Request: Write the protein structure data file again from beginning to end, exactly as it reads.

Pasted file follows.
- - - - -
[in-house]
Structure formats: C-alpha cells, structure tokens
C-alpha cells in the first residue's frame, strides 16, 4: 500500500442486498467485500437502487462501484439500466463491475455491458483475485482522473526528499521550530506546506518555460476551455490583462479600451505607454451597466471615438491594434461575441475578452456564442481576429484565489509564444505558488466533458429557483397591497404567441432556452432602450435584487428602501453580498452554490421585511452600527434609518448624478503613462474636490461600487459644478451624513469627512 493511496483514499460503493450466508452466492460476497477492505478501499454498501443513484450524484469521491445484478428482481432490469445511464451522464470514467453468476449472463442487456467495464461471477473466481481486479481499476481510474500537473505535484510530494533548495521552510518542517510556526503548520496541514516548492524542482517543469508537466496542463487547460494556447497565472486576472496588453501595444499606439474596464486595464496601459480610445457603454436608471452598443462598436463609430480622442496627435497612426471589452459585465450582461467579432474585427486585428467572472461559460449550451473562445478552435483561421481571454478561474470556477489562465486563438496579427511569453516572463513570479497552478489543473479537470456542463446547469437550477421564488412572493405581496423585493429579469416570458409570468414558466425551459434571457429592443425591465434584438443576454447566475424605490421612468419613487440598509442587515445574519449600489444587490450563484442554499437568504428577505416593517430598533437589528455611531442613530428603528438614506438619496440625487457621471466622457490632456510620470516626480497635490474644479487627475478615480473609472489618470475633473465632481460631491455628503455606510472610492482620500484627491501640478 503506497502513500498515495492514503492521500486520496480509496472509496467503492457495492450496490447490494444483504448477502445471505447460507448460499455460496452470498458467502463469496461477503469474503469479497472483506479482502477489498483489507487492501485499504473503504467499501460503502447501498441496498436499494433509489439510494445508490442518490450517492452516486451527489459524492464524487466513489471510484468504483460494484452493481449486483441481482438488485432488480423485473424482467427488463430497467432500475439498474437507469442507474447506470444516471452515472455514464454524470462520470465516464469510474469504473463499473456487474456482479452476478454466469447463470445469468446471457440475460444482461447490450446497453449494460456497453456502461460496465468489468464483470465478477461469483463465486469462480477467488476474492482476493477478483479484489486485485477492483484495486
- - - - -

[in-house]
Structure formats: C-alpha cells, structure tokens
C-alpha cells in the first residue's frame, strides 16, 4: 500500500442486498467485500437502487462501484439500466463491475455491458483475485482522473526528499521550530506546506518555460476551455490583462479600451505607454451597466471615438491594434461575441475578452456564442481576429484565489509564444505558488466533458429557483397591497404567441432556452432602450435584487428602501453580498452554490421585511452600527434609518448624478503613462474636490461600487459644478451624513469627512 493511496483514499460503493450466508452466492460476497477492505478501499454498501443513484450524484469521491445484478428482481432490469445511464451522464470514467453468476449472463442487456467495464461471477473466481481486479481499476481510474500537473505535484510530494533548495521552510518542517510556526503548520496541514516548492524542482517543469508537466496542463487547460494556447497565472486576472496588453501595444499606439474596464486595464496601459480610445457603454436608471452598443462598436463609430480622442496627435497612426471589452459585465450582461467579432474585427486585428467572472461559460449550451473562445478552435483561421481571454478561474470556477489562465486563438496579427511569453516572463513570479497552478489543473479537470456542463446547469437550477421564488412572493405581496423585493429579469416570458409570468414558466425551459434571457429592443425591465434584438443576454447566475424605490421612468419613487440598509442587515445574519449600489444587490450563484442554499437568504428577505416593517430598533437589528455611531442613530428603528438614506438619496440625487457621471466622457490632456510620470516626480497635490474644479487627475478615480473609472489618470475633473465632481460631491455628503455606510472610492482620500484627491501640478 503506497502513500498515495492514503492521500486520496480509496472509496467503492457495492450496490447490494444483504448477502445471505447460507448460499455460496452470498458467502463469496461477503469474503469479497472483506479482502477489498483489507487492501485499504473503504467499501460503502447501498441496498436499494433509489439510494445508490442518490450517492452516486451527489459524492464524487466513489471510484468504483460494484452493481449486483441481482438488485432488480423485473424482467427488463430497467432500475439498474437507469442507474447506470444516471452515472455514464454524470462520470465516464469510474469504473463499473456487474456482479452476478454466469447463470445469468446471457440475460444482461447490450446497453449494460456497453456502461460496465468489468464483470465478477461469483463465486469462480477467488476474492482476493477478483479484489486485485477492483484495486